Wheatland to consider allowing some 4-H animal project on non-farm lots

The Wheatland Town Board showed some willingness Monday to work toward a way some farm animals could be allowed to be kept on residential lots in the town as 4-H projects.

That would represent a change in the current ordinance, which prohibits the keeping of most farm animals on residential zoned lots. Specifically prohibited are horses, donkeys, cows, bulls, chickens, turkeys, ducks or geese.

Town Chairman Bill Glembocki introduced the topic, saying he would like to start the process of revising the current ordinance to allow some non-pet animals to be housed on residential properties for youth projects.

He recommended establishing a certain distance from lot lines for quarters for such animals. He also said what type of project animals are allowed may also have to be restricted.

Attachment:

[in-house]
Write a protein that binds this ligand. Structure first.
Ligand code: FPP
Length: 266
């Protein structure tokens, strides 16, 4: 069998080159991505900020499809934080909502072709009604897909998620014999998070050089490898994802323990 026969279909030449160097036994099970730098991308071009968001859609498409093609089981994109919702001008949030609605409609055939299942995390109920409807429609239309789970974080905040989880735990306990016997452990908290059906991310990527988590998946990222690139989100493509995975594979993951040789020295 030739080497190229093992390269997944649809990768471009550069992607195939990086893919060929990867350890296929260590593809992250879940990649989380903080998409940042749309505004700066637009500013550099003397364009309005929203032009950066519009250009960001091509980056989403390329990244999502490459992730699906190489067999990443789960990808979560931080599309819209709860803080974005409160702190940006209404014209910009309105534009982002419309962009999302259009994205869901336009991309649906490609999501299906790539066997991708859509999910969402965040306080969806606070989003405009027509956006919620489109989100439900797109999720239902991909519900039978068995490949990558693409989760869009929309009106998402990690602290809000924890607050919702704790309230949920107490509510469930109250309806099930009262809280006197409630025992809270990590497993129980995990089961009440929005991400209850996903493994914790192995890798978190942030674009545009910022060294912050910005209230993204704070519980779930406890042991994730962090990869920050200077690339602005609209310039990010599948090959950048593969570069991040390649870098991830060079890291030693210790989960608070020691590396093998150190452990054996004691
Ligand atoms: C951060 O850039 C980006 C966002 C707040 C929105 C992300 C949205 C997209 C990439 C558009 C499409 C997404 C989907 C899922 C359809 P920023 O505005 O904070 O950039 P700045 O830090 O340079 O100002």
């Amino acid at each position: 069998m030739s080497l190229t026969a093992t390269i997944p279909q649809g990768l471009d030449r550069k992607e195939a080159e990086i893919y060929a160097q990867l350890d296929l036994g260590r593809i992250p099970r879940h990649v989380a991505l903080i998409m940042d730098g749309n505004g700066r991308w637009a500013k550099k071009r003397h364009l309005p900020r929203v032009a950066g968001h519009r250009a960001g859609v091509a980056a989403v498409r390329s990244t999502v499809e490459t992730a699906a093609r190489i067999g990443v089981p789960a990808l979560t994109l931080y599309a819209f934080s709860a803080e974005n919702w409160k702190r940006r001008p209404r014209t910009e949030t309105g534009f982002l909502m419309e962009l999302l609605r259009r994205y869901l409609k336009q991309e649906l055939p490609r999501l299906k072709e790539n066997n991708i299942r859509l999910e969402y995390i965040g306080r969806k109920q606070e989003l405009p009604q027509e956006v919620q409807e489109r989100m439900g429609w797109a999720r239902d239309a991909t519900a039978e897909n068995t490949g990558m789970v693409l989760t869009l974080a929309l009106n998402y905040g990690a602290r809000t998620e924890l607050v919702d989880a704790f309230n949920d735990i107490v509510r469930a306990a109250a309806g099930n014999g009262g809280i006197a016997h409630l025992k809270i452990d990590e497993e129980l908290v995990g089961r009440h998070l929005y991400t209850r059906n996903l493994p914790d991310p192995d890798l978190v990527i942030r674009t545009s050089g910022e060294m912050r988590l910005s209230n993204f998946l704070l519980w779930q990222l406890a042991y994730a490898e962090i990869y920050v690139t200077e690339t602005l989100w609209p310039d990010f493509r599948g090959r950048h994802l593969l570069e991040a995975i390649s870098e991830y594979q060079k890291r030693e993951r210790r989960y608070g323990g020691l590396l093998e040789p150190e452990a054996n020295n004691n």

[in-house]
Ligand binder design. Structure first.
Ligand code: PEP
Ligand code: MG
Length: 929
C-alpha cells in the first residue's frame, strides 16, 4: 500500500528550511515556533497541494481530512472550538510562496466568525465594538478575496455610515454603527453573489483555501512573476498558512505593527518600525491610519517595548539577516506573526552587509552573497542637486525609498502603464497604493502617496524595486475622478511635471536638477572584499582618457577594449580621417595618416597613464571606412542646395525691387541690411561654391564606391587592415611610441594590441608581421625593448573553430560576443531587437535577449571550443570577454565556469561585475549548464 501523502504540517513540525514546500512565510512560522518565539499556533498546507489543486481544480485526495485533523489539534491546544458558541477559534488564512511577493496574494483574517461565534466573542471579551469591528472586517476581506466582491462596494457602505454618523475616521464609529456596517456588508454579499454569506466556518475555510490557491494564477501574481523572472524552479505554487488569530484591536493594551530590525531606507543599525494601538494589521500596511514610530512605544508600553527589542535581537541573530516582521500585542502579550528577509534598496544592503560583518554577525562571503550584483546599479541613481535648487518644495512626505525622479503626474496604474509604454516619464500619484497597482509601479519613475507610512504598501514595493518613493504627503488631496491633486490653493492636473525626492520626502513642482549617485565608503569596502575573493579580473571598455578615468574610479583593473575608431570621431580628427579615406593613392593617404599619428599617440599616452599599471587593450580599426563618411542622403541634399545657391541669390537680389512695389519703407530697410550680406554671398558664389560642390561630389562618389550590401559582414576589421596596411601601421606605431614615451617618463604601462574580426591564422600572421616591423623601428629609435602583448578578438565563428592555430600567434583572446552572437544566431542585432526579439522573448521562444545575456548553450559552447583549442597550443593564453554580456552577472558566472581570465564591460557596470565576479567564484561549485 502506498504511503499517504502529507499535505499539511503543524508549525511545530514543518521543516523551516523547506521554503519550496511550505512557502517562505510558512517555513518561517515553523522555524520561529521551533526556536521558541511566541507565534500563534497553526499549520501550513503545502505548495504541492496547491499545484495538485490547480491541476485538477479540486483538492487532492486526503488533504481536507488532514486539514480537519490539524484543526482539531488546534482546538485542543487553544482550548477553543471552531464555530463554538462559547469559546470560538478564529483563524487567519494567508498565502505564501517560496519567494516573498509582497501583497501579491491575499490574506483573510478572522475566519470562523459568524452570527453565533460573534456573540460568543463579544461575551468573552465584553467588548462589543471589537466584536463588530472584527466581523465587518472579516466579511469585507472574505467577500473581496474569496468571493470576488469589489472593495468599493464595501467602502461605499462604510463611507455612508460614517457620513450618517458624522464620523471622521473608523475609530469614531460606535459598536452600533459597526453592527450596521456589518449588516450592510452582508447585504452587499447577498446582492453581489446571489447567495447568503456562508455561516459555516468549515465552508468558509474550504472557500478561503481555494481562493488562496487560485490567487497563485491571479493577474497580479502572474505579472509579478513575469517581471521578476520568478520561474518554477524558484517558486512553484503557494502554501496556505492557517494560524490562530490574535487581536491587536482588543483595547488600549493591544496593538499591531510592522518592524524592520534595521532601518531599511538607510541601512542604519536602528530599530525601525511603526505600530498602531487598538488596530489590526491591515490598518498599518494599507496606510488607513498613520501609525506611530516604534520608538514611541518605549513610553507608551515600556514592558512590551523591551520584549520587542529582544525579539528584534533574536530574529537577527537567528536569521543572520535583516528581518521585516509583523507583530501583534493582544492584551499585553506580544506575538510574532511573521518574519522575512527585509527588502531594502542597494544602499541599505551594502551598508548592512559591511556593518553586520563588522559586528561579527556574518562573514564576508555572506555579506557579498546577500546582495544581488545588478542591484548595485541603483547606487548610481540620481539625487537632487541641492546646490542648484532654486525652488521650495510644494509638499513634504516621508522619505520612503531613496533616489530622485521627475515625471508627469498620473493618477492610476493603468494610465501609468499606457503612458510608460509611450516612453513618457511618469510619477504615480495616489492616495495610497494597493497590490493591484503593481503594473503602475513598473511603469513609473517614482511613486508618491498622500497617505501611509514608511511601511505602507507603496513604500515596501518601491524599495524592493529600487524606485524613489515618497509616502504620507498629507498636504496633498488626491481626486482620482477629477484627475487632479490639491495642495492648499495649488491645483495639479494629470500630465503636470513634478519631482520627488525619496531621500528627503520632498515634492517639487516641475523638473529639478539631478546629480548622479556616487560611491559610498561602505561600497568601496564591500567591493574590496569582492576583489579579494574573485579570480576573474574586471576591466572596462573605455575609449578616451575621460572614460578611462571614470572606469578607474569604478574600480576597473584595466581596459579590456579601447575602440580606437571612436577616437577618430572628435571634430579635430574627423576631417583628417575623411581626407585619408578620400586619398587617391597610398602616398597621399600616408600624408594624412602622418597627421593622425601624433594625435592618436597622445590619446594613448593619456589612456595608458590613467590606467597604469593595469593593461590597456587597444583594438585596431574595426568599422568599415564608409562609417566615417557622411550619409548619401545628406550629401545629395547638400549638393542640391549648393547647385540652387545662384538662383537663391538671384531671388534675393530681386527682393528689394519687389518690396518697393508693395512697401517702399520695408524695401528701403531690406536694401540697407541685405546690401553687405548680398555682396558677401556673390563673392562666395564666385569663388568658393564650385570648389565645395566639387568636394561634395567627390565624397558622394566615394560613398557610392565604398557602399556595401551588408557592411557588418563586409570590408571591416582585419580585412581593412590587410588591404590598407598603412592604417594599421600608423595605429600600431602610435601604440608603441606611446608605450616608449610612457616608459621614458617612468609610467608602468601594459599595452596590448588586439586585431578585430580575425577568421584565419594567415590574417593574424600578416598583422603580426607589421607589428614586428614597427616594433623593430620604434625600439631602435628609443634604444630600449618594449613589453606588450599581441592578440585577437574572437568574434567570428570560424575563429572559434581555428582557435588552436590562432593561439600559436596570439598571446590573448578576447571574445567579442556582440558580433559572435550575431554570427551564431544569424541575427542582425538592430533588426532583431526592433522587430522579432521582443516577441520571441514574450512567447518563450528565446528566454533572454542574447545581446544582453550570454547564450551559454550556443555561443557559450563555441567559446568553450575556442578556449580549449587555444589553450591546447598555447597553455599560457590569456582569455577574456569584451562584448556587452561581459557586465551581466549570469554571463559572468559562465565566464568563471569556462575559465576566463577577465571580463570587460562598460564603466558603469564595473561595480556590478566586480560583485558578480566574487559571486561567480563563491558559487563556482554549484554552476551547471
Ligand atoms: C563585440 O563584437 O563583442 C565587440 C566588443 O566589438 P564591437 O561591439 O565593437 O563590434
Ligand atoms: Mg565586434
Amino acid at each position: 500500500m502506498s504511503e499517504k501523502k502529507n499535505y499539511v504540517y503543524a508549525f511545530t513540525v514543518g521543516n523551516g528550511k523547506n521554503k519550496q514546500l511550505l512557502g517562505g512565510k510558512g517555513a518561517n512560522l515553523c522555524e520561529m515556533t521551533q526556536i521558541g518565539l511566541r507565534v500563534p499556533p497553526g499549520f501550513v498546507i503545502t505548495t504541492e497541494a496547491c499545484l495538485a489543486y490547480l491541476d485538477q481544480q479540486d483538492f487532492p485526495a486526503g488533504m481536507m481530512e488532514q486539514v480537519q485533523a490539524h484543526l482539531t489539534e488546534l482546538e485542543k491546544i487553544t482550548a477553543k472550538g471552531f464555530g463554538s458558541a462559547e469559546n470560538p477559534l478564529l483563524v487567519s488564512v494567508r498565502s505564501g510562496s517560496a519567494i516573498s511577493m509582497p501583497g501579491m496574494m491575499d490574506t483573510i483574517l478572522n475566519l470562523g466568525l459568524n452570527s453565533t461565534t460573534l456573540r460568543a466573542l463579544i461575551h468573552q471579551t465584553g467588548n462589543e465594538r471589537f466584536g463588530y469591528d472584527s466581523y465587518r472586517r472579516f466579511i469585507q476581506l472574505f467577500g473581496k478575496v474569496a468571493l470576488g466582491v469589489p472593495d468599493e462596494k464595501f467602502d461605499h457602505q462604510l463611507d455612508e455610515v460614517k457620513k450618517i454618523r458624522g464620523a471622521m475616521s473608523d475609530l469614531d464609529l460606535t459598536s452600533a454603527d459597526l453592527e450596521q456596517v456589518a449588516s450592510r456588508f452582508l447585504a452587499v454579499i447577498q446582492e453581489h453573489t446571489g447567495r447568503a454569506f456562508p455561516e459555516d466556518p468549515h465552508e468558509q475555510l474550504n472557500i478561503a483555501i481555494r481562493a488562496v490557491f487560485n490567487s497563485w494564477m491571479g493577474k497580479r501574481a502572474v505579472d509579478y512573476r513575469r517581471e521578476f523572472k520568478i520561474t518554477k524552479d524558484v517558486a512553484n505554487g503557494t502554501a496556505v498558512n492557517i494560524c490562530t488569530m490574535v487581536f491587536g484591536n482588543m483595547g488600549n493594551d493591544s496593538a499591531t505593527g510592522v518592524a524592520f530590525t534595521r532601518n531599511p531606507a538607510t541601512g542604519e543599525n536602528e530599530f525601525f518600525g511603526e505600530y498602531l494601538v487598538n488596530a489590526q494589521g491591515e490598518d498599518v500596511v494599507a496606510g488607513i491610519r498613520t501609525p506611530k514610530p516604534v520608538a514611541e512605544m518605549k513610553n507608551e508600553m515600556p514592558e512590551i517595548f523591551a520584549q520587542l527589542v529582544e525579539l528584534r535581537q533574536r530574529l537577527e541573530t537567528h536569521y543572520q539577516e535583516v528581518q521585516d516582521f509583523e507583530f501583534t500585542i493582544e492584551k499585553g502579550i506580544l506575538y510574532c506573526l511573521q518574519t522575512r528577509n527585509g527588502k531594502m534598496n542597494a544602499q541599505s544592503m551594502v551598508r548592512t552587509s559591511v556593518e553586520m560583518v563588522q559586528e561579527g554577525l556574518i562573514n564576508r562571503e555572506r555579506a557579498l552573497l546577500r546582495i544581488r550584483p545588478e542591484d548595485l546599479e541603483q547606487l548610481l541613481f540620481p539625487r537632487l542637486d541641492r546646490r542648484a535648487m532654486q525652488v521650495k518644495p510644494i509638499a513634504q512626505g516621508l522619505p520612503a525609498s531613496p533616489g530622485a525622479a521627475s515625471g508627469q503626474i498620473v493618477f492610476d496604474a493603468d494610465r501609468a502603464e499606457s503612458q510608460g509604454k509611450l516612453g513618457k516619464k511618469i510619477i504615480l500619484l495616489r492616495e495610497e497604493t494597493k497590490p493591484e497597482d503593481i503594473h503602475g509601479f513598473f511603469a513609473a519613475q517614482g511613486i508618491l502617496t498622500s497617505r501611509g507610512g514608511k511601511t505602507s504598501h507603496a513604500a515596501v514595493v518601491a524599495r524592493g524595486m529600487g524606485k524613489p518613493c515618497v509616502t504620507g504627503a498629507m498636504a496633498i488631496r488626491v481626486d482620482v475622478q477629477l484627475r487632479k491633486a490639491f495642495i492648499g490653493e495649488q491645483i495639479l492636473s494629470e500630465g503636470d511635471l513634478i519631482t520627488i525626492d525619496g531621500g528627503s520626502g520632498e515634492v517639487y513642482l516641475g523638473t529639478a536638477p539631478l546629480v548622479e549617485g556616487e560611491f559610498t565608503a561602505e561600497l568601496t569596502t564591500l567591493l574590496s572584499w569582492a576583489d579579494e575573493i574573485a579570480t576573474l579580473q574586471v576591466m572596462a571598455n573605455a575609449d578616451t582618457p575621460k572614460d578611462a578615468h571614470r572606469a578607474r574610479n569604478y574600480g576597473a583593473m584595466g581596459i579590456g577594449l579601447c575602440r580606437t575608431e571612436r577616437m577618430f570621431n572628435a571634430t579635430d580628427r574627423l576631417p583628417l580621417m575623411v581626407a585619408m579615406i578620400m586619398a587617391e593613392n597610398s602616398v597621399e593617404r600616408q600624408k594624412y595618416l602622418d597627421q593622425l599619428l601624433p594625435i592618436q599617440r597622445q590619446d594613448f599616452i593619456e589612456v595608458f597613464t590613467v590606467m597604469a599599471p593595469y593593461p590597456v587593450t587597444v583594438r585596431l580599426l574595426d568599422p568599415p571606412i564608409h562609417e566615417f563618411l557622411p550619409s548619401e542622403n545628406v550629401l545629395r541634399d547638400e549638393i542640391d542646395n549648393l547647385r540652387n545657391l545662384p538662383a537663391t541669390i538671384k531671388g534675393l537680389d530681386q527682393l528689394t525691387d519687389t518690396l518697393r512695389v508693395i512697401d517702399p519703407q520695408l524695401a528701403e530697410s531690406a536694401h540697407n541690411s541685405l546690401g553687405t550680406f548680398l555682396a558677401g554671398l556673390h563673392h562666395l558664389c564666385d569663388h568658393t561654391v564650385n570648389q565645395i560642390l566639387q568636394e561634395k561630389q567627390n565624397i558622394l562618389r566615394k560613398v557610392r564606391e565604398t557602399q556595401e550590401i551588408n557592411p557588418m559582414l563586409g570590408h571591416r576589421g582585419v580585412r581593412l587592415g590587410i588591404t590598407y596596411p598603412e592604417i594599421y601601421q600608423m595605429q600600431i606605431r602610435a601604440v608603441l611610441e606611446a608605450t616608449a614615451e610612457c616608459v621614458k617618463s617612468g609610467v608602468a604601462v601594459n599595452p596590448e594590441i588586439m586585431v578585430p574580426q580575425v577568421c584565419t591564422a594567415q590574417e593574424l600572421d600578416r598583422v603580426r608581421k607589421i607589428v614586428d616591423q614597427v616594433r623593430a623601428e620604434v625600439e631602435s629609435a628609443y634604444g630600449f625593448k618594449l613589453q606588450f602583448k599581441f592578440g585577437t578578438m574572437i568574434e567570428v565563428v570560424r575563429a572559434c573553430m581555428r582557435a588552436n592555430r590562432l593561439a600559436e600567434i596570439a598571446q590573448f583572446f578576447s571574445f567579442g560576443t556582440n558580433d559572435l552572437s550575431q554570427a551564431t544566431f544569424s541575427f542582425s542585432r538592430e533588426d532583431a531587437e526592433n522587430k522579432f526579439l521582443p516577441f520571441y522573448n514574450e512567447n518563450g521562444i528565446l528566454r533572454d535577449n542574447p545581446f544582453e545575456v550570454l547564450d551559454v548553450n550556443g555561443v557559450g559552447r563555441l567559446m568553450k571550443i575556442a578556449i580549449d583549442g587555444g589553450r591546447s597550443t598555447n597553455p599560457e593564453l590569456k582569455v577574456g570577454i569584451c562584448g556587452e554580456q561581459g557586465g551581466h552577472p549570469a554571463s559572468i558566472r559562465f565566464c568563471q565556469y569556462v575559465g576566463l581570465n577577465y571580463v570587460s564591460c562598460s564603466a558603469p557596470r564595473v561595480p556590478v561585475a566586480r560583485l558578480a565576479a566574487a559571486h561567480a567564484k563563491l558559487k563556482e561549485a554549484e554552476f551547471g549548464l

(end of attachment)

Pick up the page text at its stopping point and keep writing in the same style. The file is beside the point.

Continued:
“The larger animals may have to find a larger home,” Glembocki said. Horses, steers and pigs were mentioned.

Several audience members spoke out during citizens comments about having adverse experiences with farm animals kept in residential areas.

“The smell was disgusting,” said one person, who said her neighbors were keeping pigs.

Lori Harpster, a leader of the Wheatland Willing Workers 4-H Club, said most of her club’s members do participate in animal projects. Some of those not living on a farm have been able to find farms to house their animals, but that can be logistically problematic at times, she said.

Town Supervisor Andy Lois, a farmer, said larger animals need to be in a different category.

“Pigs do foul the air,” Lois said.

Supervisor Kelly Wilson supported changes that could allow some animals for youth projects.

“I know it’s not going to be a solution that everyone’s going to be happy with,” Wilson.

Lois added: “I don’t think we want to cut any 4-H kids off.” 

Glembocki asked board member to come to future meetings with their thoughts on the what should be done.

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